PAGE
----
Objectives of the invention include providing a method and apparatus for measuring the wall thickness of insulated pipe.
Objectives of the invention further include providing such a method and apparatus which can be used to successfully, periodically monitor pipe systems, in industries which employ susceptible pipe systems, for erosion/corrosion without requiring inordinate set up costs including insulation removal and site preparation.
Another objective of the invention is to provide such a method and apparatus which is adapted to measure the wall thickness of pipes of varying sizes, shapes and locations, while substantially reducing the possibility of human error entering into such measurements.
Still another objective of the invention is to provide such a method and apparatus capable of measuring the wall thickness of a pipe whether the pipe is full or empty; and in which a further objective of the invention is to provide such a method and apparatus which can detect obstructions in a pipe, and which can differentiate between heterogeneous objects and substances.
A further objective of the invention is to provide such a method and apparatus which can successfully monitor plant pipe systems to substantially reduce or eliminate pipe failures resulting in costly repairs, plant downtime and personal injuries and fatalities.
A still further objective of the invention is to provide such a method and apparatus which utilizes relatively low curie levels of radiation and which substantially reduces or eliminates "scatter" radiation while the apparatus is in use for safety purposes.
Another objective of the invention is to provide such a method and apparatus adapted to measure pipes having a diameter or width of approximately six inches to forty-two inches.
Still another objective of the invention is to provide such a method and apparatus which is economical to manufacture, portable, easy to set up and operate, durable in use, and accurate.
These objectives and advantages are obtained by the method of the invention, the general nature of which may be stated as including a method of measuring the wall thickness of a pipe surrounded by insulation without removing the insulation therefrom, the method including the steps of, locating a radiation source and a radiation detector in aligned, opposed spaced relationship, so that a collimated beam of radiation emitted by the source passes through the insulation and pipe and is detected by the detector, and simultaneously moving the source and the detector in discrete linear steps for scanning the pipe to take discrete measurements of the pipe wall thickness, the detector providing data for profiles of the pipe wall thickness.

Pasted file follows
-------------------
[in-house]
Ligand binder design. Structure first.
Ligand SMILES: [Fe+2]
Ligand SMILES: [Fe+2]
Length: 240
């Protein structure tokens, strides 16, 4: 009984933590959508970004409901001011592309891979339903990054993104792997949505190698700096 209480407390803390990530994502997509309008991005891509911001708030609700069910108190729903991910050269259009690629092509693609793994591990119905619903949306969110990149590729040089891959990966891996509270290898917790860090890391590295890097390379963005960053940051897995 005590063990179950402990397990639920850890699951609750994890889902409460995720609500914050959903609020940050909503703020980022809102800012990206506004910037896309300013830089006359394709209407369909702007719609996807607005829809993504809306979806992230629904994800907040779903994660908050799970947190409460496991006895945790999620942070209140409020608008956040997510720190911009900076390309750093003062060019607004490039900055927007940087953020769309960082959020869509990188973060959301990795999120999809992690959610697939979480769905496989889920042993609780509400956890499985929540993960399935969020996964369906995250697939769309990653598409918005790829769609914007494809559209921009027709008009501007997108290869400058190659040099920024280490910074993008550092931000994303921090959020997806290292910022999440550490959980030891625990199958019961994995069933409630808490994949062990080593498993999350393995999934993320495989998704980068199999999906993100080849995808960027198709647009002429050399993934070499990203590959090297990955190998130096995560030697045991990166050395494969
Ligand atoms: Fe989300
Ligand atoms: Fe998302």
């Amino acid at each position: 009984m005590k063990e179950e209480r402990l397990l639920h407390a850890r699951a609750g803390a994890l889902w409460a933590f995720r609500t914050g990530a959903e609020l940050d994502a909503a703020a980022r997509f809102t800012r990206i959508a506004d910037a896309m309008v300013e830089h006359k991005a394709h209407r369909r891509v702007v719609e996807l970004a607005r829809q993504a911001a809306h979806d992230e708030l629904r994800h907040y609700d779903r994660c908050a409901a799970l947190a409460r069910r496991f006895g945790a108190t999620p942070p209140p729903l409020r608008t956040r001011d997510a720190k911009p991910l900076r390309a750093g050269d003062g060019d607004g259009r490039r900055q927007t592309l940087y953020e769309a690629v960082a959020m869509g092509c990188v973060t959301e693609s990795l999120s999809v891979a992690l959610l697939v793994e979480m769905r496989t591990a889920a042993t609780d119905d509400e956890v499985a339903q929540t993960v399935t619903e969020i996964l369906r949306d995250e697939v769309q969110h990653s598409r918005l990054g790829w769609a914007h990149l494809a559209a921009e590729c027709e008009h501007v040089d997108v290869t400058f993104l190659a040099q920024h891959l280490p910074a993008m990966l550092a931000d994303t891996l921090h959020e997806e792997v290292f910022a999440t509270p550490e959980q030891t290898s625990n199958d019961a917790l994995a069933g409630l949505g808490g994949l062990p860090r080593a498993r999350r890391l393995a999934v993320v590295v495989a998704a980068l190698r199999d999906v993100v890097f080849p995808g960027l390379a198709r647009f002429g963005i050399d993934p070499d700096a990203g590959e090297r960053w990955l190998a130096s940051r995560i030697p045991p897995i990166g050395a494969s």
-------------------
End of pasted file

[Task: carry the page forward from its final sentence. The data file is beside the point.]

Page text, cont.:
The objectives and advantages are further obtained by the apparatus of the invention, the general nature of which may be stated as including an apparatus for measuring the wall thickness of an insulated pipe without removing the insulation therefrom, the apparatus including a source for emitting a collimated beam of radiation, a detector for detecting the radiation beam, a pair of frame assemblies, the assemblies each adapted for movably mounting a respective one of the source and detector, the assemblies each including an elongated rotatable shaft operatively connected to the respective one of the source and detector, means for rotating the shafts, and means for translating the rotational motion of the shafts into linear motion to simultaneously linearly move the source and detector in discrete steps for scanning the pipe to take measurements of the pipe wall thickness.
A preferred embodiment of the invention, illustrative of the best mode in which applicants have contemplated applying the principles, is set forth in the following description and is shown in the drawings and is particularly and distinctly pointed out and set forth in the appended claims.
FIG. 1 is a fragmentary top plan view of the apparatus of the present invention, shown measuring the wall thickness of a section of insulated pipe;
FIG. 2 is an enlarged, fragmentary sectional view, with portions broken away, of the source frame assembly, taken on line 2--2, FIG. 1;
FIG. 3 is a sectional view, with portions broken away, taken on line 3--3, FIG. 2, particularly showing the pulleys and timing belt assembly;
FIG. 4 is a sectional view taken on line 4--4, FIG. 2, particularly showing the range of pivotal movement of the source on the truck;
FIG. 5 is an end view of the apparatus of the invention, showing the source and detector frame assemblies pivotally mounted on and elevated by support stands for taking a measurement of an insulated section of pipe;
FIG. 6 is a diagrammatic view showing the detector and source frame assemblies suspended from a ceiling for taking a measurement;